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Safety, finance debated at forum

Posted: February 17, 2012 1:30 a.m.
Updated: February 17, 2012 1:30 a.m.

Three Santa Clarita City Council candidates criticized the county’s proposed location for a new Santa Clarita Valley sheriff’s station while the other two traded barbs over a developer’s loan during a forum with Canyon Country residents this week.

Deputy district attorney and challenger Jon Hatami, who is married to a Santa Clarita Valley sheriff’s deputy, said while the proposal to build a new station is a great idea, the proposed location at Castaic Junction would be inconvenient because it would be far from Canyon Country.

Hatami has stated throughout his campaign that a new Canyon Country sheriff substation is needed.

“The new police station will be even further than the current one to Canyon Country residents,” Hatami said during the Canyon Country Advisory Committee-hosted candidate “meet and greet” Wednesday night.

But in a news release sent out Thursday night, Hatami praised Supervisor Michael D. Antonovich for the proposal to purchase land in Castaic for a new sheriff’s station and turned his criticism on the city for not knowing about the county’s move.

“I support that decision 100 percent,” Hatami said of the county vote.

County supervisors agreed Tuesday to move ahead on a plan to locate the SCV Sheriff’s Station in Castaic and shut down the existing station in Valencia. The move, which requires final supervisors’ approval, caught city officials by surprise.

Former Councilman TimBen Boydston, who is also running for one of two council seats in the April 10 election, said his goal will be to work more closely with the county on issues to avoid communication problems like that involving the Sheriff’s Station.

Mayor and incumbent Laurie Ender said the Board of Supervisors didn’t consult with other county officials before making its move, and that’s why she was upset. She said she wants to keep the existing station open and in operation.

The supervisors’ vote Tuesday authorizes county CEO William Fujioka to look into buying six acres of land west of Interstate 5 near the existing California Highway Patrol station and build a 45,000-square-foot sheriff’s station there, replacing the one in Valencia, which has operated since 1972.

The Canyon Country forum Wednesday night was different than previous ones for the current City Council race, with candidates providing opening statements and then answering questions individually from the audience.

Although many of the candidates’ concerns had been aired at prior forums, one brought up Wednesday night was about an allegation that City Councilman and incumbent Bob Kellar violated the Political Reform Act by accepting a personal loan from a local developer.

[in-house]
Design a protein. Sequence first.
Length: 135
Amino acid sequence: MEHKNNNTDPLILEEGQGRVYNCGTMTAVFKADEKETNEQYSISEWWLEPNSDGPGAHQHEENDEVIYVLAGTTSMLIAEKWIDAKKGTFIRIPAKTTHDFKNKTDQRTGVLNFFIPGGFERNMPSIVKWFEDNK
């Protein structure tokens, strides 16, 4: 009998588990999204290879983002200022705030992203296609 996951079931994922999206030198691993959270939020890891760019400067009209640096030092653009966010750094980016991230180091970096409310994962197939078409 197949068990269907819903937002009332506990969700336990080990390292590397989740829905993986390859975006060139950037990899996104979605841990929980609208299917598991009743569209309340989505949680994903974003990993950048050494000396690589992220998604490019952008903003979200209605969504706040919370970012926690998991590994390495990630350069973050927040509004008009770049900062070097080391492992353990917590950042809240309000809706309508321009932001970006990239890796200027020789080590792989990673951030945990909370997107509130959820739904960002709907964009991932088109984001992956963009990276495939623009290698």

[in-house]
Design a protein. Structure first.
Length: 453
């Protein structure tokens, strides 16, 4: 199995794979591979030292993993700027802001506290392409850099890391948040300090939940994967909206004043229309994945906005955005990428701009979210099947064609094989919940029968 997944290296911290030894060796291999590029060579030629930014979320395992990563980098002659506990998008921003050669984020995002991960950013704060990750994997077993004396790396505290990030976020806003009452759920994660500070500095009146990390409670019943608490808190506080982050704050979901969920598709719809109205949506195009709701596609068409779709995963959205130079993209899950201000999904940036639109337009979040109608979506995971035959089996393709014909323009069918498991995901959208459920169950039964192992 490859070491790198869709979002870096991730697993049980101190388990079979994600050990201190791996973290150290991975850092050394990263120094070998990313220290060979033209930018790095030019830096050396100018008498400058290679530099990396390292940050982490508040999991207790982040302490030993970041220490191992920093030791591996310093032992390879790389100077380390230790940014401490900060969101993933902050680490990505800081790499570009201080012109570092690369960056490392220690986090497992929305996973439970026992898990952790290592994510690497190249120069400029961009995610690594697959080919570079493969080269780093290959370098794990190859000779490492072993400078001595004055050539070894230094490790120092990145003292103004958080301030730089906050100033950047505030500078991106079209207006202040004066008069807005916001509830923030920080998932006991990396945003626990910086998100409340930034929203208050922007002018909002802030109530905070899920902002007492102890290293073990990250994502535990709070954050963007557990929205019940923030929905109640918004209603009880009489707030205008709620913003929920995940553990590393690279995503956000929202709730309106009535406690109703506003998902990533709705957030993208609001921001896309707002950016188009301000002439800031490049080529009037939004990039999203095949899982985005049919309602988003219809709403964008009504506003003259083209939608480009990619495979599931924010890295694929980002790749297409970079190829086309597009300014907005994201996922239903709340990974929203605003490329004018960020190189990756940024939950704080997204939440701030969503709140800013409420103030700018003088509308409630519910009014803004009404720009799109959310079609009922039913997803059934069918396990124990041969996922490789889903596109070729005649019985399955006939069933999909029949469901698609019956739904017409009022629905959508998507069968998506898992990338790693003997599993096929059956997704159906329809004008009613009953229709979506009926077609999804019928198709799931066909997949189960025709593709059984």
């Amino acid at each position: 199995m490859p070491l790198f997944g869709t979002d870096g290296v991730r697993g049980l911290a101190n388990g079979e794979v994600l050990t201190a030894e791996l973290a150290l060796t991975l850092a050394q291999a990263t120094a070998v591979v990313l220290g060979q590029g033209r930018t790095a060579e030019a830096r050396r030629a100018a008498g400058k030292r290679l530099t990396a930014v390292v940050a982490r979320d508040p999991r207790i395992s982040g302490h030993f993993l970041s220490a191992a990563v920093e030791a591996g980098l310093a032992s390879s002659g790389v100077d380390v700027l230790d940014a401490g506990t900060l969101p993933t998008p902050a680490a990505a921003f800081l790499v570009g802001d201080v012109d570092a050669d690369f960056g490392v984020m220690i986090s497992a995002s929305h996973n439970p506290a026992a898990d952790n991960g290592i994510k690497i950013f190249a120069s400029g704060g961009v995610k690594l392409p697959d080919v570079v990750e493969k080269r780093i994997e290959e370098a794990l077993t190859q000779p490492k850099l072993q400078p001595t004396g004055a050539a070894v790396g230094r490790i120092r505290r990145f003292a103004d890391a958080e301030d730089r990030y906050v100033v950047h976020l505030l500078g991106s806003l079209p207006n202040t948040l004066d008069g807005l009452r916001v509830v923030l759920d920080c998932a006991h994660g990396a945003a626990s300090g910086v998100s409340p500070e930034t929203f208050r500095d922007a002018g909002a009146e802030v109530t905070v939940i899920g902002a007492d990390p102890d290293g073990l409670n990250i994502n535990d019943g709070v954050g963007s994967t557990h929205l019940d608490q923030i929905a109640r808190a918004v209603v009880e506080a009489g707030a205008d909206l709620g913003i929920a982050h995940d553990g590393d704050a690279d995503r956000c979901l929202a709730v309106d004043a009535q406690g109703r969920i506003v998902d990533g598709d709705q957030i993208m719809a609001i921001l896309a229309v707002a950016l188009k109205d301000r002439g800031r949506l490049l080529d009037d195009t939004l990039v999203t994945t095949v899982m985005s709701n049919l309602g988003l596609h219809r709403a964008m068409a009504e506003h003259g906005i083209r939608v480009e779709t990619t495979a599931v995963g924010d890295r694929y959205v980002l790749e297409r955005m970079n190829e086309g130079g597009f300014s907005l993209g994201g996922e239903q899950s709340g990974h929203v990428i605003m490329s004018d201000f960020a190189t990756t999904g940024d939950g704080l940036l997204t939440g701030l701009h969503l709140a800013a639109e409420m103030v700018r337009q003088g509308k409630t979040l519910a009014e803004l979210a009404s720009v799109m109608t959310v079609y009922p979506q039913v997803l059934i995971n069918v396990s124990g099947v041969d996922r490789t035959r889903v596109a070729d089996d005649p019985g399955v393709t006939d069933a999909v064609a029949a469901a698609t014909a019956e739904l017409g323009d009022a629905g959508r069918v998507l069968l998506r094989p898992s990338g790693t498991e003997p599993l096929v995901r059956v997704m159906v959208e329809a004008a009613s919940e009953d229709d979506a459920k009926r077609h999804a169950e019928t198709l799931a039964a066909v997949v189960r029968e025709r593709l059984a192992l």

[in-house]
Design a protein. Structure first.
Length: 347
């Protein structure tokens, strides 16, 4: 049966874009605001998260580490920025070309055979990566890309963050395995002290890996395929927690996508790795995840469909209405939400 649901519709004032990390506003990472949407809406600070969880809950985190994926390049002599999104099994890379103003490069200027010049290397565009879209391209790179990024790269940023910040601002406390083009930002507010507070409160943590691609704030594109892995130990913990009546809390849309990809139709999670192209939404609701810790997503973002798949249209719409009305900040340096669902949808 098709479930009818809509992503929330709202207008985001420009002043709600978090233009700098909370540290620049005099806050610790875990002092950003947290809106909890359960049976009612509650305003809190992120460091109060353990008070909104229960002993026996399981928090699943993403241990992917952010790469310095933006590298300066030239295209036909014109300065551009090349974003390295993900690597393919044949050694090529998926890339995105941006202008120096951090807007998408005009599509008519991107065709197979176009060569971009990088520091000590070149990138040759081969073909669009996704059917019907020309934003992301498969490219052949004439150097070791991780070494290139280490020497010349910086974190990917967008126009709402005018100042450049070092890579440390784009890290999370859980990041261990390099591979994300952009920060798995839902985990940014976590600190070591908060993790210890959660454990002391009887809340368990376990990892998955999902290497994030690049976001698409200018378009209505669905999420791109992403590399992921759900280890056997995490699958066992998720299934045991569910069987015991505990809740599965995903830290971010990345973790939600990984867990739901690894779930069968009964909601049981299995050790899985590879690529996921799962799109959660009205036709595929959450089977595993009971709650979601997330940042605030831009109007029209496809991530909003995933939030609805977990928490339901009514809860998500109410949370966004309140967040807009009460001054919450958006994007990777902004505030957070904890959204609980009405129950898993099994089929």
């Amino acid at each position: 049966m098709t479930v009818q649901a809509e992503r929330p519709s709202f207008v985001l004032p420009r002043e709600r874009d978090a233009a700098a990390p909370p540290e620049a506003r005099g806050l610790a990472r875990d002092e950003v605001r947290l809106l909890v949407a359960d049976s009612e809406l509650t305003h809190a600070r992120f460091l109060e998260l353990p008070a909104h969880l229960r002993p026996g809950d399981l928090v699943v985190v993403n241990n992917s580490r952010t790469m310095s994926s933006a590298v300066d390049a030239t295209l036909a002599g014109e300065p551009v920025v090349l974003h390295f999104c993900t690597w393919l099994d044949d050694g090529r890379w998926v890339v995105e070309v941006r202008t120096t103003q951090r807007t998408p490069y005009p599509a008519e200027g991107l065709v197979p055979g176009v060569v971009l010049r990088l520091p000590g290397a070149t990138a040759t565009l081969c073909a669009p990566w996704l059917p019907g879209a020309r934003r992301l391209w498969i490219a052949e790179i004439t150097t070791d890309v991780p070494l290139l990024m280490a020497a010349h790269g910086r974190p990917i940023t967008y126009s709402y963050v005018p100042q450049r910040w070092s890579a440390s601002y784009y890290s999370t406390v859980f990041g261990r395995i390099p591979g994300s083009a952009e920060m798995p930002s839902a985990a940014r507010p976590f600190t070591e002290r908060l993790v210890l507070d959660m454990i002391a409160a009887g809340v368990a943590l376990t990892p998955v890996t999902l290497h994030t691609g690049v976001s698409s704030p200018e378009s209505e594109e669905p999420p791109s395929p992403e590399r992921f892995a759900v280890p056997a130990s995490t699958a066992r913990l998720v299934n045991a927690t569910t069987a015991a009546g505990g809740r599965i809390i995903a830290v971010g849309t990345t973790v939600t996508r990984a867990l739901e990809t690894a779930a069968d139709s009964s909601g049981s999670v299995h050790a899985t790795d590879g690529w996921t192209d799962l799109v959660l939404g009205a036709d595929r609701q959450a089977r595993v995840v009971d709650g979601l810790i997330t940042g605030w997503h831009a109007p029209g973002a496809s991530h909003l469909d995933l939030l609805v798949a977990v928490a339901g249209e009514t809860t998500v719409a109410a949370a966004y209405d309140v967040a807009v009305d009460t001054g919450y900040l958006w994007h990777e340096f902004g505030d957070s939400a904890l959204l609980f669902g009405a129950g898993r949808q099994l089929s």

Castaic Lake Water Agency board member and challenger Ed Colley had filed a complaint with the Fair Political Practices Commission and with the Los Angeles County District Attorney earlier this month after finding information about the loan in a binder of financial statements.

The district attorney dismissed the issue.

In response to a resident’s question about making a commitment not to engage in “dirty or unethical” practices against other candidates, Colley said  he wanted to bring the question about the loan to the proper authorities.

“I would hope that most people in this room, if they become aware of a concern that anyone has violated a significant law, that they would report it to the proper authorities,” Colley said.

In a response to what he called “innuendo,” Kellar said he never voted on anything that had to do with the developer who gave him the loan, and that he does not dig through files looking for dirt on other candidates.

“I did not spend 12 years on the City Council and 25 years on the LAPD to come out here and figure out a way to be corrupt and cheat you, the citizens of Santa Clarita,” Kellar said.

A spokeswoman from the Fair Political Practices Commission said Thursday the commission has not yet decided whether it will investigate Kellar’s loan.

More than 100 residents attended the Canyon Country Advisory Committee event.

Candidates also spoke about their key issues in both their opening and closing statement.

One of Boydston’s top concerns has been better communication between the City Council and the city’s residents. Hatami’s major concern has been public safety, especially preventing crime and drug abuse.

Among Ender’s top campaign issues has been keeping local control over local services, while Colley is seeking to fight the Cemex mine, traffic congestion and drug abuse.

Kellar has called for public safety improvements and building more facilities in Canyon Country.


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